Human beings constantly tweak their movements to save energy while walking. Researchers call this the metabolic cost.
“Before, if you had three different users walking with assistive devices, you would need three different assistance strategies,” said Myunghee Kim, a postdoctoral research fellow at SEAS and the other co-first author. “Finding the right control parameters for each wearer used to be a difficult, step-by-step process.”
The new algorithm, developed by researchers led by Conor Walsh, the John L. Loeb Associate Professor of Engineering and Applied Sciences, and Scott Kuindersma, assistant professor of engineering and computer science at SEAS, cuts through that variability to rapidly identify the best control parameters to minimize the work of walking.
The researchers applied so-called human-in-the-loop optimization, which uses real-time measurements of human physiological signals, such as breathing rate, to adjust the control parameters of the device. As the algorithm honed in on the best parameters, it told the exosuit when and where to deliver its assistive force to improve hip extension. The Bayesian Optimization approach the team used was first reported in a paper last year in PLOSone.
The combination of the algorithm and suit reduced metabolic cost by 17.4 percent compared with walking without the device, an improvement of more than 60 percent over the team’s previous work.
“Optimization and learning algorithms will have a big impact on future wearable robotic devices designed to assist a range of behaviors,” said Kuindersma. “These results show that optimizing even very simple controllers can provide a significant, individualized benefit to users while walking. Extending these ideas to consider more expressive control strategies and people with diverse needs and abilities will be an exciting next step.”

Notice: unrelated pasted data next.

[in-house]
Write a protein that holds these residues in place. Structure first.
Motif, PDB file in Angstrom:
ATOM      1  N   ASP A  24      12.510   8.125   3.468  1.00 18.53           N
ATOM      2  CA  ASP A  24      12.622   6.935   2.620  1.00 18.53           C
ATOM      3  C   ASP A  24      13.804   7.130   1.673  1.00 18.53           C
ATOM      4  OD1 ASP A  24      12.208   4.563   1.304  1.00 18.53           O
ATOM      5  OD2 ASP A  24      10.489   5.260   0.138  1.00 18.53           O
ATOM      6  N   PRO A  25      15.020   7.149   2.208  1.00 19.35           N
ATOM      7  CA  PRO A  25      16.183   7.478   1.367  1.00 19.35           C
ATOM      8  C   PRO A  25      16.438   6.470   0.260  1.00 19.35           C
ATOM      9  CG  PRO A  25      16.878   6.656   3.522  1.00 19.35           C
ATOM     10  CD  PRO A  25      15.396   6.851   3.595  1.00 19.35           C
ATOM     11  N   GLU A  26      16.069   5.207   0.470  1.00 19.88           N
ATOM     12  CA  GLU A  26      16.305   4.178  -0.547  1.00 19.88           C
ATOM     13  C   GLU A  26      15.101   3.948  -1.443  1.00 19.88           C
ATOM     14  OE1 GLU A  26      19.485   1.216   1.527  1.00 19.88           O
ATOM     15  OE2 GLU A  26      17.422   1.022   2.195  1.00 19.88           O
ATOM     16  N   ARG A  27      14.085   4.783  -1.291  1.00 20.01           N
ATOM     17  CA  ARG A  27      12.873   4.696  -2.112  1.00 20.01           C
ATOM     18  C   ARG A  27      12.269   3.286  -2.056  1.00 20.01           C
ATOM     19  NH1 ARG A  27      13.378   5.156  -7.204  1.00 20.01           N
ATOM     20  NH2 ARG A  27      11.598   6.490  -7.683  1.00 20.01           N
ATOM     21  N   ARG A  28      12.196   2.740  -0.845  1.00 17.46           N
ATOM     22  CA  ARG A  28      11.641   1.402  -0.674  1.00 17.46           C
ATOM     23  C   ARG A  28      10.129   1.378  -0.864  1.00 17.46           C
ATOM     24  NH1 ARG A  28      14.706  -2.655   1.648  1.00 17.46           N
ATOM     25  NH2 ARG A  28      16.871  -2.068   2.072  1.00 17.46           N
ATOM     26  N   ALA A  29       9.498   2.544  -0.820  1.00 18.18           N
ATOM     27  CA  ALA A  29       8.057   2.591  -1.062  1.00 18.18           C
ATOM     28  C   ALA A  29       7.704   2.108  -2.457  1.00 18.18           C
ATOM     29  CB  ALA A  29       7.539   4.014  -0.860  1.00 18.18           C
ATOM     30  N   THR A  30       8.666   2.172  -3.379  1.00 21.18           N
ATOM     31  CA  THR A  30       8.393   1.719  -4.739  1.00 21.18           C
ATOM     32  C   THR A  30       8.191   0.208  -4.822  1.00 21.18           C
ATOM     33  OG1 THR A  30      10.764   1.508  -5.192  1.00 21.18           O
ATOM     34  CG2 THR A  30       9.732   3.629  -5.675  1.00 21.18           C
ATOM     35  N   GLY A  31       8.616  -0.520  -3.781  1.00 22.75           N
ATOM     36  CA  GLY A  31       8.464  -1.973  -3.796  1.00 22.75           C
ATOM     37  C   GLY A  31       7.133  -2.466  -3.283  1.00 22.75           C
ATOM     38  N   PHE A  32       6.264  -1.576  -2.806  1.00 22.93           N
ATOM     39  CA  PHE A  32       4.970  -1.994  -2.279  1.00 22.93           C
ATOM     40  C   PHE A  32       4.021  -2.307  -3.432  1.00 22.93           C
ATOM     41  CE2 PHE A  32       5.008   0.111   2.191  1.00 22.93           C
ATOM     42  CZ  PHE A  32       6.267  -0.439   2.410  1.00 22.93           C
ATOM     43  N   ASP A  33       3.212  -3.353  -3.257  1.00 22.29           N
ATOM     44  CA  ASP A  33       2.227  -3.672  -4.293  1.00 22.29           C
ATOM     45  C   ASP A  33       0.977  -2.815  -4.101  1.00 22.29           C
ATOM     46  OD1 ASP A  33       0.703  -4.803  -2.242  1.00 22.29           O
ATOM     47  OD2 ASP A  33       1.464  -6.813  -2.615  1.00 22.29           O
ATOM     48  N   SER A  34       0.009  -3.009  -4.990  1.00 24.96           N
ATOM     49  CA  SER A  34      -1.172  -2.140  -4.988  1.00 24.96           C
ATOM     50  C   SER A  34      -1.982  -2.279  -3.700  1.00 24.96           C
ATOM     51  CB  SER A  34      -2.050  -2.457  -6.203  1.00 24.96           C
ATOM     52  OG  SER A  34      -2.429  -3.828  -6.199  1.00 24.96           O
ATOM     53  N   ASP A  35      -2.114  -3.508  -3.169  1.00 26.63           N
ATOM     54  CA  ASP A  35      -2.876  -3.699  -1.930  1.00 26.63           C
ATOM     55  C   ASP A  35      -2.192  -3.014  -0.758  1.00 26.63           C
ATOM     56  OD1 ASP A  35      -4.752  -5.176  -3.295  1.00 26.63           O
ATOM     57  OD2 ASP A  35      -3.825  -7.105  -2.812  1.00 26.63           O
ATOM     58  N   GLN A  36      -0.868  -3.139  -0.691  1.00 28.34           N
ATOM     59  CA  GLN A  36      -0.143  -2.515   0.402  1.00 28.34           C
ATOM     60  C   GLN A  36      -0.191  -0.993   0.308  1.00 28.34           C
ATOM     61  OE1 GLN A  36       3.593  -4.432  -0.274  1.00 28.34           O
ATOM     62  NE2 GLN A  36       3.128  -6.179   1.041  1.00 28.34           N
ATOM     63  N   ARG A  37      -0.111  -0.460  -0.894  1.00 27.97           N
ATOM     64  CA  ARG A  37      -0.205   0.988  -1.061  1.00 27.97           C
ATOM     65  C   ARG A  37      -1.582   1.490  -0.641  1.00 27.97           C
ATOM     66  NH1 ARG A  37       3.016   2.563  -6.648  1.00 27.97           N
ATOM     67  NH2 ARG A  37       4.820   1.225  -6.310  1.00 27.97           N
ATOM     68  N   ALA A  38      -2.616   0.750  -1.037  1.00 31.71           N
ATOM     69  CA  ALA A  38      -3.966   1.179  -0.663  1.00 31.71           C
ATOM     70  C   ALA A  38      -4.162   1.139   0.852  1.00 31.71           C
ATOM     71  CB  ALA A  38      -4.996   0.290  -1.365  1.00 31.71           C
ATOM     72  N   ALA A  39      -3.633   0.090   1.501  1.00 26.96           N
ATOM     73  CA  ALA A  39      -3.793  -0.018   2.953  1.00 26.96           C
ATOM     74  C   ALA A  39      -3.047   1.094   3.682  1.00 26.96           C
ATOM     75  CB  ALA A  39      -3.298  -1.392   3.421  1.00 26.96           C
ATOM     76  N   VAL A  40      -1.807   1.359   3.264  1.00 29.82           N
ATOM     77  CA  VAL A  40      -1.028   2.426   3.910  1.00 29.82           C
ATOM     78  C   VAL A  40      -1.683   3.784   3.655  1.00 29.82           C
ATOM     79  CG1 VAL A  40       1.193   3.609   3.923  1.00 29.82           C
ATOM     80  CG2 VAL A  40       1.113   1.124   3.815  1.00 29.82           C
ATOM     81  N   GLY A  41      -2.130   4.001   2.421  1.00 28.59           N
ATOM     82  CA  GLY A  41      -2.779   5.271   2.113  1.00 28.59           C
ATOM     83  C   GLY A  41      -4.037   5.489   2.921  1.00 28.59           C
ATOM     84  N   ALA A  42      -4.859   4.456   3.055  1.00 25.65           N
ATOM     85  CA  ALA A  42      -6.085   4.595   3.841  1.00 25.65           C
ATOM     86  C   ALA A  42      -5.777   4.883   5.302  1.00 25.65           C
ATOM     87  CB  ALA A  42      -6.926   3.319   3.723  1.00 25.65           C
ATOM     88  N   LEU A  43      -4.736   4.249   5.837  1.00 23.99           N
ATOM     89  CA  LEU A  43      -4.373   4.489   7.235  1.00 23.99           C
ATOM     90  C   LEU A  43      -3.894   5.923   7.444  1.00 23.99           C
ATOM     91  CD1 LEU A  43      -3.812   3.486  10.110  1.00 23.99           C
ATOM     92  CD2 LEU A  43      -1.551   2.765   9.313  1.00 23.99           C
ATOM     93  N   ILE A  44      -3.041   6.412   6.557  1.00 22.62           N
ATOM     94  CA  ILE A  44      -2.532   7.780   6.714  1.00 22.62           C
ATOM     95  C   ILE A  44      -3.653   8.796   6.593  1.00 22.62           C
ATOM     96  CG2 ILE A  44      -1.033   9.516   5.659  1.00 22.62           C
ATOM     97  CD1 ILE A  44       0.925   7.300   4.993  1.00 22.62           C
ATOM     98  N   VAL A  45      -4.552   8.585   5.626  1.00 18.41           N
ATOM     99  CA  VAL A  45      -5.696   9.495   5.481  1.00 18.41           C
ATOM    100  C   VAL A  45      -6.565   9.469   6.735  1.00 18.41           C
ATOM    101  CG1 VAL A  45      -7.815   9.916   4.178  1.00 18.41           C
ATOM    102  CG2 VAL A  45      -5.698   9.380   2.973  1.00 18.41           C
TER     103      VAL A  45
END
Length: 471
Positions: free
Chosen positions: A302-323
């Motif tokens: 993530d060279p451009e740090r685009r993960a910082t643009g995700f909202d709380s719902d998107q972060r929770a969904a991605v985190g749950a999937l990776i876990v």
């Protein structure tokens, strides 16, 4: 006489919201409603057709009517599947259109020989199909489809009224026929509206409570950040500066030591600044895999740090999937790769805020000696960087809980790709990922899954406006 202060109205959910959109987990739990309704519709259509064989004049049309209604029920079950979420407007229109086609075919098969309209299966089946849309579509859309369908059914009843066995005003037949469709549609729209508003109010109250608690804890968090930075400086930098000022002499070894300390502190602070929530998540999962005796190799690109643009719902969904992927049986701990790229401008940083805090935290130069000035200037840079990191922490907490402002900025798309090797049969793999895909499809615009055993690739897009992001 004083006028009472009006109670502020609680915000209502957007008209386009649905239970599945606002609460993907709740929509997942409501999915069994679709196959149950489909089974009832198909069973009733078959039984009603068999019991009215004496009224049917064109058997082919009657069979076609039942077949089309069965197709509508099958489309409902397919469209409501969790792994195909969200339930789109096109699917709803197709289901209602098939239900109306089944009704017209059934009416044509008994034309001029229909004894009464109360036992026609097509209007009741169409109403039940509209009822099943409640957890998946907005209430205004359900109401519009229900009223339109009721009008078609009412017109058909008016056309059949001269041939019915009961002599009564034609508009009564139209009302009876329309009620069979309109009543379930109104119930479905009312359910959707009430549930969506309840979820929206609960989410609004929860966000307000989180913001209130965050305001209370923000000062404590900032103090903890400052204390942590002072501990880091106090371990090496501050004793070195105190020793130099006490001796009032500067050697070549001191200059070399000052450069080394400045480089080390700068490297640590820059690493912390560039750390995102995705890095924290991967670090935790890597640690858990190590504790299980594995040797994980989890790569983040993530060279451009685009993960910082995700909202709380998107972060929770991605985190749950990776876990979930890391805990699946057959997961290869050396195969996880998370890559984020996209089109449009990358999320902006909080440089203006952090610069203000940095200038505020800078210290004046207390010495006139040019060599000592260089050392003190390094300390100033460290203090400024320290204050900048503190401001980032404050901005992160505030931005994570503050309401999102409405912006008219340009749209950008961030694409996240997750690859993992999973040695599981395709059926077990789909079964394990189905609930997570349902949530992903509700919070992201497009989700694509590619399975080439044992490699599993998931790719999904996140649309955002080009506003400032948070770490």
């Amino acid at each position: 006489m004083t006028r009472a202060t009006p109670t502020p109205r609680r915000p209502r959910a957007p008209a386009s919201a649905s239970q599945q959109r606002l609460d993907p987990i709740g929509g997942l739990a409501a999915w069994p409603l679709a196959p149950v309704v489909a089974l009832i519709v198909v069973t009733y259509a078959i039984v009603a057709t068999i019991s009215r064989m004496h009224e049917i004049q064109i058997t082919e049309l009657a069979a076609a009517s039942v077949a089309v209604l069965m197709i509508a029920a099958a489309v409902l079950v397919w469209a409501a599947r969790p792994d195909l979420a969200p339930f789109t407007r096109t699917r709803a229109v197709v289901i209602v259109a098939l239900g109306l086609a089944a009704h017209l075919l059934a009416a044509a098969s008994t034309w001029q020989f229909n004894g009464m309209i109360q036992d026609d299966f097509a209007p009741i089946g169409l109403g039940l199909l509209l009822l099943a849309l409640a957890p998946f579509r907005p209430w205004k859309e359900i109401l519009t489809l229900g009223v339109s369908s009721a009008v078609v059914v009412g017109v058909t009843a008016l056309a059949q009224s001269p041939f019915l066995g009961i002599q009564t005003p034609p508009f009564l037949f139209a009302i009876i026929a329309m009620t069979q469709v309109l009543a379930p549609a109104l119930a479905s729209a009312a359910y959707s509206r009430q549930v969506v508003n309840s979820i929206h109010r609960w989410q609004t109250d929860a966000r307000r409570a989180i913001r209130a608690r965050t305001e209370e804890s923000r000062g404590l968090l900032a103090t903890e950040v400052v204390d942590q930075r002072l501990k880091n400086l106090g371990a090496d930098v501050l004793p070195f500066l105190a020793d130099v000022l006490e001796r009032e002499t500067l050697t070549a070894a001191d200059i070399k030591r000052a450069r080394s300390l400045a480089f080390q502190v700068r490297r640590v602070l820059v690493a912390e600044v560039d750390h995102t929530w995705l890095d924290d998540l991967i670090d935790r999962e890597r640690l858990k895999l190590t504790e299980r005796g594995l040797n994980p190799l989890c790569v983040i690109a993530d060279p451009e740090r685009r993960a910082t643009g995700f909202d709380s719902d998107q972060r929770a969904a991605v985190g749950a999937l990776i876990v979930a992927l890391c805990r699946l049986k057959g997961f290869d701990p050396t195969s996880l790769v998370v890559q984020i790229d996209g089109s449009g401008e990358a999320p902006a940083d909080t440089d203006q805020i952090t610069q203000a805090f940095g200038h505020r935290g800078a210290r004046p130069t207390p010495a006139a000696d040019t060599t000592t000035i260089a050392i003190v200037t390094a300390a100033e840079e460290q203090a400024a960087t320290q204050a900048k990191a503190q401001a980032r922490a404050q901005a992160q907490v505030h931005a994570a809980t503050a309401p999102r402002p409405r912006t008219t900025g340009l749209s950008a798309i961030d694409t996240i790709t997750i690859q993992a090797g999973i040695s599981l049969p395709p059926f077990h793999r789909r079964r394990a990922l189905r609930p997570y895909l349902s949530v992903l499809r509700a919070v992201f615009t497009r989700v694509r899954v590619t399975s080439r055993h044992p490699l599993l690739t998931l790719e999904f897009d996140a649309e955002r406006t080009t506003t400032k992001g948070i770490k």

“With wearable robots like soft exosuits, it is critical that the right assistance is delivered at the right time so that they can work synergistically with the wearer,” said Walsh. “With these online optimization algorithms, systems can learn how to achieve this automatically in about 20 minutes, thus maximizing benefit to the wearer.”
The team’s next step is to apply the optimization to a more complex device that assists multiple joints, such as hip and ankle, at the same time.
“In this paper, we demonstrated a high reduction in metabolic cost by just optimizing hip extension,” said Ding. “This goes to show what you can do with a great brain and great hardware.”
This research was supported by the Defense Advanced Research Projects Agency, Warrior Web Program, the Wyss Institute, and the Harvard John A. Paulson School of Engineering and Applied Science.